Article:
We can learn a lot about what a culture thinks is important through its fashion. These days, most men don’t wear makeup to work, or lace collars, or powdered wigs, but that wasn’t always the case! Joy and co-host Max go on a journey to the history spa, where they get a 1770s makeover from Frank, the macaroni maven. (What’s a macaroni? Not just a noodle!) Listen as they learn about the ancient history of makeup (we’re talking Egypt here) and why being a fancy man eventually fell out of style. Plus, there’s a new First Things First! Do you think neon clothes, baseball caps, or bellbottom pants came first in history?

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MAX: This is Forever Ago, where we explore the before.

JOY DOLO: Where's Max? They're never late.



MAX: Hey, Joy. I'm so sorry. I got caught up in a web search rabbit hole.

JOY DOLO: Oh, I love a good internet deep dive. What were you looking at?

MAX: I was looking at the hairstyles and fashion for this party I'm going to later. It's a '70s party, want to come?

JOY DOLO: Groovy. I love a good disco. Let's see. I can pick out my hair into an Afro and wear my wide-leg, hot pink pants--

MAX: No, sorry. My bad. Not the 1970s, the 1770s. You know, like Hamilton times. It's a macaroni party.

JOY DOLO: Oh, OK. I love macaroni too. In that case, I'll make some noodle necklaces and maybe macaroni mittens.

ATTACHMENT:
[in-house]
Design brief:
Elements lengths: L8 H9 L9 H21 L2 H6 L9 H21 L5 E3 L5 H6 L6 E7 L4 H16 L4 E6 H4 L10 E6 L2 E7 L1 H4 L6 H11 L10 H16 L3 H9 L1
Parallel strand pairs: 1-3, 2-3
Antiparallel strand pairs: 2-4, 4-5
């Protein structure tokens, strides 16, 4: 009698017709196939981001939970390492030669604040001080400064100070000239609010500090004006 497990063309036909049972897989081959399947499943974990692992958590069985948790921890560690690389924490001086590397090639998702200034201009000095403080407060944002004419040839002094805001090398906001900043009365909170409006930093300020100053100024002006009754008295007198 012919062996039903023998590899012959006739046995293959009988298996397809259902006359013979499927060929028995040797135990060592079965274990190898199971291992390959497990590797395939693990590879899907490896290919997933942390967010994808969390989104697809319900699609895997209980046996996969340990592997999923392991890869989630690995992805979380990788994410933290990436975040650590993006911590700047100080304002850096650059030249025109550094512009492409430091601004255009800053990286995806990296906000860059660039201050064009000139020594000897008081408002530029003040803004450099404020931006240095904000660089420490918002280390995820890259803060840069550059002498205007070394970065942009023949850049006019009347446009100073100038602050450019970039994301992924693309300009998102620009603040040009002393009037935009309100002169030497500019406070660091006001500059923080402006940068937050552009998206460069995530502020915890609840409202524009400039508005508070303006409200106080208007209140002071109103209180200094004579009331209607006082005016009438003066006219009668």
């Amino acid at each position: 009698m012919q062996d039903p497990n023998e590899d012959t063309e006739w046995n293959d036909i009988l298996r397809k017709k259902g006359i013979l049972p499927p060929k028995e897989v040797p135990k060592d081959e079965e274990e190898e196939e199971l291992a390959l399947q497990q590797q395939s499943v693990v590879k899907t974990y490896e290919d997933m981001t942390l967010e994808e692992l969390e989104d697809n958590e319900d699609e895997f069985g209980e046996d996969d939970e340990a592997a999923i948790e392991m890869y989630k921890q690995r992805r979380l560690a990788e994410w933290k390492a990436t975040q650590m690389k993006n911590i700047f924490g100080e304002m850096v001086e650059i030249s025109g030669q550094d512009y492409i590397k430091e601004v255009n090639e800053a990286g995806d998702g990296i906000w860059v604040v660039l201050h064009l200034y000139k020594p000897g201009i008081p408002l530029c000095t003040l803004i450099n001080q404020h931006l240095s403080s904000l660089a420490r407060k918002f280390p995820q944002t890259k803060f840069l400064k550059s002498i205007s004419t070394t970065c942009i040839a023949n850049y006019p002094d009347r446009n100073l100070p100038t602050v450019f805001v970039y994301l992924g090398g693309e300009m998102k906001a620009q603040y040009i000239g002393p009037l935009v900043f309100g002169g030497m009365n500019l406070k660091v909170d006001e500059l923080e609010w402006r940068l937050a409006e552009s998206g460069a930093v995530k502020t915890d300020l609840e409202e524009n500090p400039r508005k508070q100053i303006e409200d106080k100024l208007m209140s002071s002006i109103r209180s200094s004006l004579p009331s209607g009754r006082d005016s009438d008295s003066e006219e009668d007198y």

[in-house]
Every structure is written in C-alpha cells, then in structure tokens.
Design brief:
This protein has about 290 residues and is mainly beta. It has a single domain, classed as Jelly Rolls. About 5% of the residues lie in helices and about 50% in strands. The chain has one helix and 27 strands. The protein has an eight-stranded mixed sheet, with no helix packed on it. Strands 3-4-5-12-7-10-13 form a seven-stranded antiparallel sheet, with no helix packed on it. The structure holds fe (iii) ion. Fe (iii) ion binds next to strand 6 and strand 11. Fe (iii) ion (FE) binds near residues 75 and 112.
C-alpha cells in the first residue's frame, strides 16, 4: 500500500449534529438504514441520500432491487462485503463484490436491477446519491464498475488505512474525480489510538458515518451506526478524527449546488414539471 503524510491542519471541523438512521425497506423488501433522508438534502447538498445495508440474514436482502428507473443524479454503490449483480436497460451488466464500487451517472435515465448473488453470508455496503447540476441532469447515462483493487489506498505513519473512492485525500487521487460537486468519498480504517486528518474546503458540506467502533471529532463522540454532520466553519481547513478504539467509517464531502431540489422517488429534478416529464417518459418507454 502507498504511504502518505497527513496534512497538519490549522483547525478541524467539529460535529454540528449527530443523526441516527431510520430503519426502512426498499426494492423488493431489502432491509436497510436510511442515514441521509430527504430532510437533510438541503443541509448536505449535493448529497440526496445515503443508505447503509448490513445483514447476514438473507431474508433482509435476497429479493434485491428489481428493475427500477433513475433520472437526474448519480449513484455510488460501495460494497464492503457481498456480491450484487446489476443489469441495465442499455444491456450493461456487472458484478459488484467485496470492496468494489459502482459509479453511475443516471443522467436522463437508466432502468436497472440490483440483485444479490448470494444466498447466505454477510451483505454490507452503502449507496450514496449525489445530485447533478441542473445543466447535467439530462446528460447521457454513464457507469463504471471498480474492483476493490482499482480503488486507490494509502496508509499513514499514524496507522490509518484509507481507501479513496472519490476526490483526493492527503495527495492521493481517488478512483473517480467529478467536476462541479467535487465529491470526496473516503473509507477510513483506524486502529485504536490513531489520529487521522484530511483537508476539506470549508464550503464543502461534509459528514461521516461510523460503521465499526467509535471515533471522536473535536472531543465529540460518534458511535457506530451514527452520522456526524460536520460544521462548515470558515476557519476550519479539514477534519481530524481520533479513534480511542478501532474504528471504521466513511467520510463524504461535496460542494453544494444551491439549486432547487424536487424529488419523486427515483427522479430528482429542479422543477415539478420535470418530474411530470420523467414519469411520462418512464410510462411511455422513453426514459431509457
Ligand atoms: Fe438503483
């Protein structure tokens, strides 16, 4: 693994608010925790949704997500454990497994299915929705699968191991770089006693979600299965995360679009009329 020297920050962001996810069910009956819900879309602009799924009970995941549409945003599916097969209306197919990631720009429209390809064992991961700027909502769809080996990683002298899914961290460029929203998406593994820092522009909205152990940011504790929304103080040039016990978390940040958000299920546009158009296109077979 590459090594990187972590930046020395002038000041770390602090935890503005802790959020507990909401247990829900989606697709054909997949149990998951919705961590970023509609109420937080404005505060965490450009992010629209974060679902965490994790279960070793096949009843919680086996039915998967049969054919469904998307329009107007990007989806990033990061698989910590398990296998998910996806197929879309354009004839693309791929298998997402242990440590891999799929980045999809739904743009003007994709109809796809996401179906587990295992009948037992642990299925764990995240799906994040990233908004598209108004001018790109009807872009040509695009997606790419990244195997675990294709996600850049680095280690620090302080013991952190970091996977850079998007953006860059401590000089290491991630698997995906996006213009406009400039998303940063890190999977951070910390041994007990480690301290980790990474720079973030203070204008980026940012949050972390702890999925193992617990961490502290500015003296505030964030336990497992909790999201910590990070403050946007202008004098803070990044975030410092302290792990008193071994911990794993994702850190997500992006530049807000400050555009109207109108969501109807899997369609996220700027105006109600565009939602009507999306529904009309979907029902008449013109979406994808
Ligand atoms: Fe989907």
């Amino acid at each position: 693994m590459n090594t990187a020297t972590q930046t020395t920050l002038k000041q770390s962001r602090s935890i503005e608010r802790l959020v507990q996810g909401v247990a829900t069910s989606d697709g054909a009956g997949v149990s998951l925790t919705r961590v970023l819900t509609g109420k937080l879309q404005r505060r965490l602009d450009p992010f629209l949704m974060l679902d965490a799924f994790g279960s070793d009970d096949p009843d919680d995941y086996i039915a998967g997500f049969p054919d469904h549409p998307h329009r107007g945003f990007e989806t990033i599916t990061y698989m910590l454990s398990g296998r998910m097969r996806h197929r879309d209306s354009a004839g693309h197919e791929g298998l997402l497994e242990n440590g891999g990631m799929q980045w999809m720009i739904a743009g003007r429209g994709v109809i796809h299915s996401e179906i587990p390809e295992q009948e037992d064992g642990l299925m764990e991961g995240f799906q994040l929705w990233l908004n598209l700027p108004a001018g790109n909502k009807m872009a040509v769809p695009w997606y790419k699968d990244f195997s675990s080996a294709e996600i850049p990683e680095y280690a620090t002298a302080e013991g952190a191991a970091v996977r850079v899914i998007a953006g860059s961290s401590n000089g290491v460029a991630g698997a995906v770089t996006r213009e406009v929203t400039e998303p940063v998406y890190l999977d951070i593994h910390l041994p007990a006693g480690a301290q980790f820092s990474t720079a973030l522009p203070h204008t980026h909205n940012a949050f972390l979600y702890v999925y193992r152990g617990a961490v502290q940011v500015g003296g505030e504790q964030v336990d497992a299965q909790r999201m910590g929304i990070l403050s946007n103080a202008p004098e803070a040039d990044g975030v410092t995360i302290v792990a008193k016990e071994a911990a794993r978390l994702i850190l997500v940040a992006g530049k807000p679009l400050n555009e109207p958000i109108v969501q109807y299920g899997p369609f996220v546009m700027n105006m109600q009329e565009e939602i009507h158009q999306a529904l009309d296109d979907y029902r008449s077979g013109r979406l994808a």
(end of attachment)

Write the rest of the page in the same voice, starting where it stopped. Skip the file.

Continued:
MAX: OK. Yeah. I see how I may not have been super clear here. It's not the pasta. A macaroni was a nickname for a super fancy man from Britain in the 1770s. They were the height of fashion back then, and we're going to dress just like them.

JOY DOLO: Wait, but I have no idea what they dressed like.

MAX: Don't sweat it. You can come with me. I've got a macaroni makeover booked at that new history spa.

JOY DOLO: The spa with all the hot looks from across time?

MAX: You know it. Come on. You don't want to look like a phony macaroni.

JOY DOLO: That's no baloney.


Welcome to Forever Ago. I'm Joy Dolo.

MAX: And I'm Max.

JOY DOLO: I can't wait to meet this macaroni person. I hope he's not an impasta. Get it? Pasta?

MAX: Oh, boy.

JOY DOLO: Because macaroni. Get it? Anyway, what exactly do we wear to a macaroni party?

MAX: Let me find the invitation.


It says, join us for an evening of classical music and iconic looks from the 1770s. Dress code, powder wigs, the taller the better, high-heeled shoes, bright-colored clothing, and a full face of makeup. Don't be afraid to pack on that blush.

JOY DOLO: That sounds out of this world extravagant.